We present the case of a patient with cirrhosis who had an extremely accelerated disease time course, as death occurred one and a half days after high fever was detected. This shows that CRBSIs can become fatal for patients with cirrhosis rapidly. Additionally, in the present case, liver cirrhosis complicated and delayed the detection of the initial sign of infection as well as the intervention. As CRBSIs accompanied by other organ complications might be fatal, preventative measures against CRBSI should be applied rigorously.

CRBSI in patients with stroke, CNS injury-induced immunodepression syndrome (CIDS), and cirrhosis-associated immune dysfunction (CAID)

CRBSI is common and can be fatal, especially in patients with accompanying organ failure [2]. Currently, it is not clear whether stroke patients are more susceptible to CRBSI. Some reports have described a few CRBSI cases in the stroke care unit (SCU) [5, 6]. However, those data may not be accurate, and there could have been many false negative cases because blood cultures are not performed for all febrile patients in the SCU, even though they may have a strong risk of developing CRBSI. In contrast, patients with severe stroke receive several medications, such as parental nutrition for massive diarrhea or complicated constipation; antibiotics for aspiration pneumonia, urinary tract infection (UTI) or meningitis; hemodynamic volume therapy for vasospasm following SAH; or antiplatelet therapy for cerebral infarction and vasospasm. Therefore, the use of central line catheters is necessary for these patients, and these should be frequently changed in the SCU and intensive care unit, in order to prevent infection.

Stroke and other CNS injury are known to create a systemic immunosuppression, rendering patients more prone to infections. CIDS is characterized by lymphopenia and immune dysfunctions; in particular, it is characterized by functional deactivation of T-helper (Th) 1 and natural killer (NK) cells, and monocytes/macrophages. Catecholamines have been shown to suppress Th1 activity, promote Th2 cell differentiation, and trigger interleukin (IL)-10 secretion. A correlation between elevated levels of metanephrine and the incidence of post-stroke infections has been demonstrated. Experimental data indicated that an impaired early catecholamine-mediated lymphocyte response, particularly a reduced interferon gamma (IFNγ) secretion by T and NK cells, could be an essential cause of the impaired antibacterial defense after brain ischemia [7]. As a form of post-stroke immunodepression, CIDS could have contributed to the CRBSI observed in the present case.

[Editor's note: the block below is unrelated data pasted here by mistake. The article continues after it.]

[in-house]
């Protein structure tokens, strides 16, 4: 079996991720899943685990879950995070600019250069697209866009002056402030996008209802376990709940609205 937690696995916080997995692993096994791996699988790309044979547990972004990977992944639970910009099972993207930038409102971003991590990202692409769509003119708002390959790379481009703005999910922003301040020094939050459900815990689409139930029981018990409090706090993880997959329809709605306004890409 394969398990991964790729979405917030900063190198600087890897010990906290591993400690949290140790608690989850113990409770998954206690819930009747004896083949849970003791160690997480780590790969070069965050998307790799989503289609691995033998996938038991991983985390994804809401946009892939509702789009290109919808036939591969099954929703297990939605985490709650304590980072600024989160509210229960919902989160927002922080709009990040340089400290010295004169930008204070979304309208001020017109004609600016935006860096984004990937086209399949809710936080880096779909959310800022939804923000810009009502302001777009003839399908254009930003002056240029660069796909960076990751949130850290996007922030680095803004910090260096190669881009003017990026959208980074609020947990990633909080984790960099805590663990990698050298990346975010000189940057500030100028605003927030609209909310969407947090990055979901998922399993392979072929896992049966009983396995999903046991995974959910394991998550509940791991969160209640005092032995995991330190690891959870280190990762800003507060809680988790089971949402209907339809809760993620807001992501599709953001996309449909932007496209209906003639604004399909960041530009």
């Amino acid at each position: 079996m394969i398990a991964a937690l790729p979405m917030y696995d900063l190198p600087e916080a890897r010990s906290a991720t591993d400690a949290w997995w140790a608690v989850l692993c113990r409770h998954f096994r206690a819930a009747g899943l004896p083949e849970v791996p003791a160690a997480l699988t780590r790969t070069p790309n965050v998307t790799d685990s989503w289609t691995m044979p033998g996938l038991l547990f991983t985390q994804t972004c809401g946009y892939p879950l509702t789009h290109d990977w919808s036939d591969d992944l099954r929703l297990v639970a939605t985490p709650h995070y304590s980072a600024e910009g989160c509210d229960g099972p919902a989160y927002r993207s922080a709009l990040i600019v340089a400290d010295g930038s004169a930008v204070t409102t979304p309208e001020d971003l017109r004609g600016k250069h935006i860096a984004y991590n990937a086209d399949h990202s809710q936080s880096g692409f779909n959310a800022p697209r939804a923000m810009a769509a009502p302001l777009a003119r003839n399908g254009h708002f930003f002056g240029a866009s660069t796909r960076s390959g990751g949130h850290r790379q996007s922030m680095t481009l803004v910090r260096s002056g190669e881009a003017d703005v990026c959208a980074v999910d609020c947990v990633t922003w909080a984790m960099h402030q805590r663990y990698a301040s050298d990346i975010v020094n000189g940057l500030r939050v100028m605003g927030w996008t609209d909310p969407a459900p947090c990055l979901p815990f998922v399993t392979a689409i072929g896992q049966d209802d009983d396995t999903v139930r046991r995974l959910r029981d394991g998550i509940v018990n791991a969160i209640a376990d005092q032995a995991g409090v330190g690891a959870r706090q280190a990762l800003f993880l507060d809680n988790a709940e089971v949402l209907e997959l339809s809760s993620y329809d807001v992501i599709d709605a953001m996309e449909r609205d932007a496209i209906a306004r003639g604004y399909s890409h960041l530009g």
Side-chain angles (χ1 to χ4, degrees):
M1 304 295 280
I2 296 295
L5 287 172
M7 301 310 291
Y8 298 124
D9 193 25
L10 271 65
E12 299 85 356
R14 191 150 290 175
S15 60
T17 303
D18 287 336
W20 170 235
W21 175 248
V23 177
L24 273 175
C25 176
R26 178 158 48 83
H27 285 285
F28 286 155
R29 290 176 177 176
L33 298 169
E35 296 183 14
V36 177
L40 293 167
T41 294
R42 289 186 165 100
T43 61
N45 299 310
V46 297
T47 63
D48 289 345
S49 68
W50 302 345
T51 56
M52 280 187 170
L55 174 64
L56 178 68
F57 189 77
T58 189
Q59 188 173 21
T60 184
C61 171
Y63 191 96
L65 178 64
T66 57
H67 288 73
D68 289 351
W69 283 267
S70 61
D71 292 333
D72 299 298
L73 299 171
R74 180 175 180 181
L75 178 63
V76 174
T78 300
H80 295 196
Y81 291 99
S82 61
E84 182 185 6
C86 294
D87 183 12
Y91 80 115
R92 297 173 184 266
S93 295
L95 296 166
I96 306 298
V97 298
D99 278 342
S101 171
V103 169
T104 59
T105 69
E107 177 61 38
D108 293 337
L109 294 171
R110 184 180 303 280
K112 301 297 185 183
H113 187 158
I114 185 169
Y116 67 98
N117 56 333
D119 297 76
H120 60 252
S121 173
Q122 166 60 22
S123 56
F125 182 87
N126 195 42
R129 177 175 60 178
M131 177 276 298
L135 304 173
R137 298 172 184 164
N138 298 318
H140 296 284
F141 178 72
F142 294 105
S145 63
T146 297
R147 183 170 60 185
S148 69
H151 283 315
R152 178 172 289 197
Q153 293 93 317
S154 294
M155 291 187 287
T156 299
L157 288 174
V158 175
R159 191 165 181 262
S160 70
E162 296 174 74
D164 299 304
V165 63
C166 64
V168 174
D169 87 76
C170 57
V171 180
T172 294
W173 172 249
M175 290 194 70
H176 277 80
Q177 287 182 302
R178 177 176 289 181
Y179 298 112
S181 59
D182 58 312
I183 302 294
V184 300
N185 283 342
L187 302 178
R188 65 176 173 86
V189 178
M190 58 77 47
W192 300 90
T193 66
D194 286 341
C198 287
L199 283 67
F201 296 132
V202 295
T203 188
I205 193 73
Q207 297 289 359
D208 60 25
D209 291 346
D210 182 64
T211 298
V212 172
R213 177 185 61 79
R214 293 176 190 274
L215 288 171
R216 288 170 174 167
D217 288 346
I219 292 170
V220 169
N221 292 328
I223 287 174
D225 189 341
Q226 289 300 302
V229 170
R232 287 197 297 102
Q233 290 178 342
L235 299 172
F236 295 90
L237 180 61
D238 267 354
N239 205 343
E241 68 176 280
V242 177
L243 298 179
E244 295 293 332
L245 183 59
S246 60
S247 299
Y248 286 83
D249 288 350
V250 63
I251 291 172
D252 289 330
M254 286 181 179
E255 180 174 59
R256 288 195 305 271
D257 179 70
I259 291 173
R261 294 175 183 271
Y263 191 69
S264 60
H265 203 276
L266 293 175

CAID alters both innate and acquired immunity [8] and results in immunodeficiency as well as systemic inflammation [9]. Endotoxemia could enhance the inflammatory host response and expansive systemic bacterial infection by CAID, resulting in septic shock, multi-organ dysfunction, and death [1012]. It has also been reported that cirrhosis increases levels of IL-6, tumor necrosis factor alpha (TNF-α), endotoxin, and nitric oxide that induce vasodilatation [13] and reduce C-protein as well as coagulation factor levels [12].